The price of oil has fallen by more than 50%. This is a two-edged sword. On one hand, there are going to be a lot of jobs at stake. The less oil rigs are in operation, the less oil rig operator jobs are available. It is simple math. Those people have to go somewhere.
The rising tide of unemployment in the energy sector of the United States can cause a dent in the overall economy. After all, during the darkest days of American recession and slow recovery, most of the jobs being created were in states like Texas and North Dakota. These are states with high fracking and oil extraction projects. Since oil crashed, these states are beginning to lose oil-related jobs. In fact, the number of oil rigs in the United States fell sharply, according to the latest figures released by the industry. These job losses might harm the overall U.S. jobs recovery.
On the plus side, a lot has been made of the surplus that American households are enjoying. Instead of paying a full dollar for fuel, they are going to be saving quite a bit of money off that dollar. The hope was that much of those savings would go into consumption. Economies, after all, grow when consumers spend.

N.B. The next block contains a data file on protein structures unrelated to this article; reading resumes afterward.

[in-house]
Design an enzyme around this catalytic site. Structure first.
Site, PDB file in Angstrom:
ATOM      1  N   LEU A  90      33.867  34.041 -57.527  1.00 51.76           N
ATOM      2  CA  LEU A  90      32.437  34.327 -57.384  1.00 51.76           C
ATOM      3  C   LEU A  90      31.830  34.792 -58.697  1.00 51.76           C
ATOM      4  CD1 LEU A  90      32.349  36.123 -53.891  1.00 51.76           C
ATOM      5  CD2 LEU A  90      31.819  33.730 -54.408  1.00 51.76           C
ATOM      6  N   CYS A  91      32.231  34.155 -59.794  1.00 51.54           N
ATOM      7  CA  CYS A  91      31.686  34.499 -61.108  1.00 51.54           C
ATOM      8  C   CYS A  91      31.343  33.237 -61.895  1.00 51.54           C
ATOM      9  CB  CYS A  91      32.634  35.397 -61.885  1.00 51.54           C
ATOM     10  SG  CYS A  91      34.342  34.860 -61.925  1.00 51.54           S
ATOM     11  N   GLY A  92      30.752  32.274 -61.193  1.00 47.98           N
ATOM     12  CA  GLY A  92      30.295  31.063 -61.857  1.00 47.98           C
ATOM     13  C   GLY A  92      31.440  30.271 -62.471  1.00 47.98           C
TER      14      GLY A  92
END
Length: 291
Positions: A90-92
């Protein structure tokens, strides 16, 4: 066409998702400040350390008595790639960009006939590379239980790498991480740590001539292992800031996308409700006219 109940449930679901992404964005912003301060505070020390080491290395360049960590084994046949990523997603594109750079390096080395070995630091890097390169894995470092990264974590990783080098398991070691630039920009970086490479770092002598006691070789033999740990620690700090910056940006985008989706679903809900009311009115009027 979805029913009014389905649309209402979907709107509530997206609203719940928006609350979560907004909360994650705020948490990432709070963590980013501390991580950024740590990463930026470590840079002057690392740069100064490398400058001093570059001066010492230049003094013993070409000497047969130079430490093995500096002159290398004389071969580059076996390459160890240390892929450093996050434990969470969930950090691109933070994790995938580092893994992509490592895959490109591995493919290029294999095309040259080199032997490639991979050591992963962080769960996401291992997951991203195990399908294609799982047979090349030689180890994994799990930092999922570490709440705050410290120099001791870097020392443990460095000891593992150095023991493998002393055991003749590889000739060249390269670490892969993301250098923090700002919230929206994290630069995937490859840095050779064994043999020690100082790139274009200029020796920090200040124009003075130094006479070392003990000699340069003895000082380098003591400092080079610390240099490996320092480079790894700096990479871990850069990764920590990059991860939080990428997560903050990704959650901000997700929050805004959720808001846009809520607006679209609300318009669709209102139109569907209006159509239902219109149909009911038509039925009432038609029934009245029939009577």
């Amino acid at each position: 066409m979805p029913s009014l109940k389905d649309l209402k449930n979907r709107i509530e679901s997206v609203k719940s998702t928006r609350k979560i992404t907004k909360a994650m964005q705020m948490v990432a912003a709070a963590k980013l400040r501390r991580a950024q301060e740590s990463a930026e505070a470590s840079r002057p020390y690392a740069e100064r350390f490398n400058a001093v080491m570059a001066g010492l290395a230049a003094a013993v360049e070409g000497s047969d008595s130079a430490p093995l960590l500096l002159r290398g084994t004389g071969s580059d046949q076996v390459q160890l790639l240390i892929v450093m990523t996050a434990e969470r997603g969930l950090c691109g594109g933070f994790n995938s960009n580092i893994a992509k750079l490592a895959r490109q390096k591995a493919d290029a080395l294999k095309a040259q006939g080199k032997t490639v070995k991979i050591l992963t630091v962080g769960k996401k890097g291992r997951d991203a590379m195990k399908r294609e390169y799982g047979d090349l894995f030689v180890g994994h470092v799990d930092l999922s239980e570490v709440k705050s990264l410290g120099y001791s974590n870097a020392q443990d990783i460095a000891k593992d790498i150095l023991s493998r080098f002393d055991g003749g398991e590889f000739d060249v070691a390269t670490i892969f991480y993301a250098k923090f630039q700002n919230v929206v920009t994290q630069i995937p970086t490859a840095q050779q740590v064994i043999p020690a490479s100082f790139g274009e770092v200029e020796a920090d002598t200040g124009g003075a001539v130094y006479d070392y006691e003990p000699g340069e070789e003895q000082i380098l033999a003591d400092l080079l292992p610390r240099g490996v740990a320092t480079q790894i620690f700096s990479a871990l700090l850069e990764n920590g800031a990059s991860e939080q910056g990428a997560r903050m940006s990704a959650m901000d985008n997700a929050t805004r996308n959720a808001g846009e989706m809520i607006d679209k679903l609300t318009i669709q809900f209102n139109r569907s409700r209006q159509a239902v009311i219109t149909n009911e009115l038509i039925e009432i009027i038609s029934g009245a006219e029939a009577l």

This isn’t happening. While consumer spending is up, it might not be high enough to offset layoffs in both energy and non-energy sectors. Moreover, the increase in consumer consumption might not be enough to offset the decrease in business spending. This is bad news for the U.S. recovery.
The U.S. is fighting an uphill battle. The rest of the world is going through a period of economic slowdown while the U.S. seems to be speeding up. Well, it appears that the rest of the world’s economic problems are catching up to the United States, because the U.S.’s recent GDP growth rate showed signs of a significant slowdown. A lot of this might be traced back to the fact that consumers aren’t spending their savings on gas. Instead, they are saving.